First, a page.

Stepping up the game: New technology simulates laboratory experience

A recent graduate and a professor in the Department of Nuclear, Plasma and Radiological Engineering (NPRE) at the University of Illinois at Urbana-Champaign have developed videogame technology to give students a realistic online laboratory experience.

“Nobody has used this to do labs,” said NPRE Professor Rizwan Uddin, regarding the teaching innovation. “This is three-dimensional and interactive, with full functionality. It is as though the person is inside the lab. The data is generated using real physics and will be taken from a realistic model of the experiment.”

“The possibilities are endless with the tools we have available,” said Imran Haddish, the May 2012 NPRE graduate who developed the lab. “Virtual labs will re-create the classroom online in ways that are impossible in real life due to budgetary or safety concerns. We can develop a course where students learn to operate a reactor or refuel it.”

Starting this fall, NPRE 100 students will be able to use the virtual lab hosted at Scivle to conduct experiments teaching them nuclear engineering concepts such as half-life and shielding. Measurement devices present real-time data to students as the virtual experiments progress.

“That was a very big challenge to display data inside the virtual model, a real computer science problem,” Uddin noted. Luckily, Haddish is skilled in computer science as well as in nuclear engineering; he earned his bachelor’s degree in three years. “We would not have gone this far in the way that it has gone without Imran,” Uddin said.

With the data acquisition being completely automatic, students “could actually finish the lab as they acquire data,” he said. They also can work with lab partners without having to be in the same place physically.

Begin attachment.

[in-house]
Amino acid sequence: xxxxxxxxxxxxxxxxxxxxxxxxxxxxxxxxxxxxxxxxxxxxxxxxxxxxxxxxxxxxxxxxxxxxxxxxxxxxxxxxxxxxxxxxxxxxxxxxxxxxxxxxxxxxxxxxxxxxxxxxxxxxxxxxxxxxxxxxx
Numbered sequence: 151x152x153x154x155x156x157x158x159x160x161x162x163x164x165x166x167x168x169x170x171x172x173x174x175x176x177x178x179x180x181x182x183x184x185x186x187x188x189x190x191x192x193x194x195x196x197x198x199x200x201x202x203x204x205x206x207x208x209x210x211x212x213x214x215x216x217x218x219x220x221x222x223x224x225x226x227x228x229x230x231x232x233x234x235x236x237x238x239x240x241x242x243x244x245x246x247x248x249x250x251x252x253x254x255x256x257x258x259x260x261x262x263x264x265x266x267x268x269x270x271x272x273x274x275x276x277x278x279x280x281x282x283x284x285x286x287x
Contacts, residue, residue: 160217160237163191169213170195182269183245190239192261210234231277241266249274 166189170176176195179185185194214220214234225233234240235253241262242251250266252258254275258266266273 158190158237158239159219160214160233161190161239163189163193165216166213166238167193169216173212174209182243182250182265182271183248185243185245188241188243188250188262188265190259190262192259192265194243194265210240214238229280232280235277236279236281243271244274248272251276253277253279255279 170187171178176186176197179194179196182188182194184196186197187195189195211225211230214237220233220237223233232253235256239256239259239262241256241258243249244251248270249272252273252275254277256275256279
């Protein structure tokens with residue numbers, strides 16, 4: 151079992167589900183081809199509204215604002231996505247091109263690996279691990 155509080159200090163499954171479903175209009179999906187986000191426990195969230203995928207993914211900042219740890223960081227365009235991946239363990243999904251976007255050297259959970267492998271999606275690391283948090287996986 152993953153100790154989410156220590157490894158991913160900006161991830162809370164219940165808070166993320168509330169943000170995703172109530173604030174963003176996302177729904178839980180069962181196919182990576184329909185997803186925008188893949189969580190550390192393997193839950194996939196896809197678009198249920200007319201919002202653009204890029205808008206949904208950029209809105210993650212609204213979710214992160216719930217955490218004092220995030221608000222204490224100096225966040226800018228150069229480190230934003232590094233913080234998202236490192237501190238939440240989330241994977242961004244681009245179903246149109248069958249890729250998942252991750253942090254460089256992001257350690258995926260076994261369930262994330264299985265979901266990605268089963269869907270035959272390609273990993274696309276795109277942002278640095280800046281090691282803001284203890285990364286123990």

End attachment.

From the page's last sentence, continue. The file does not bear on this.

The online platform built to host these virtual labs puts everything the students need to complete their labs inside their browser. Students can process their data, write their reports, complete assessments, chat, and post questions all online using the latest technology. “The goal is to make sure students don’t need to leave their browser to complete their lab,” Haddish said.

For example, clicking on any lab equipment that has an identifying symbol (such as an “i”) on it will cause a video to play in a pop-up window, explaining the use and function of that equipment. Videos of instructors and lab assistants explaining the lab procedures also are embedded.

And the graphics are very authentic, matching what students would experience in the live NPRE 100 lab. “People who have been in the (actual) room, it makes it better for them,” Uddin said. “Even the virtual electrical sockets are modeled after the real sockets in the physical lab.”

The virtual lab provides a needed venue as NPRE’s undergraduate enrollment climbs. “In NPRE 100 we used to do two labs when we had 15 students or less,” Uddin said. “Now we have 50 students, and not enough stations to do two labs. There’s not enough time to do the labs in the actual room, but now the students can do it at home or in the computer lab.”

The virtual lab also can provide more opportunity for discovery. “There’s a lot more to learn if we can change the materials,” Uddin said. “If we use an unnamed source (in the virtual lab), the students can do the experiment and then tell me the name of the source.” Variations can be introduced in the virtual lab to complement and enhance the lab experience.

Over the past decade Uddin and his students have been working with game technology, including Unreal and Half-life, to teach students using the VisBox, a state-of-the-art, 3-D visualization system. The early efforts modeled the former TRIGA Reactor and Reactor Building on the Urbana campus. (The actual reactor was shut down in 1998 and the facility and building have since been dismantled.)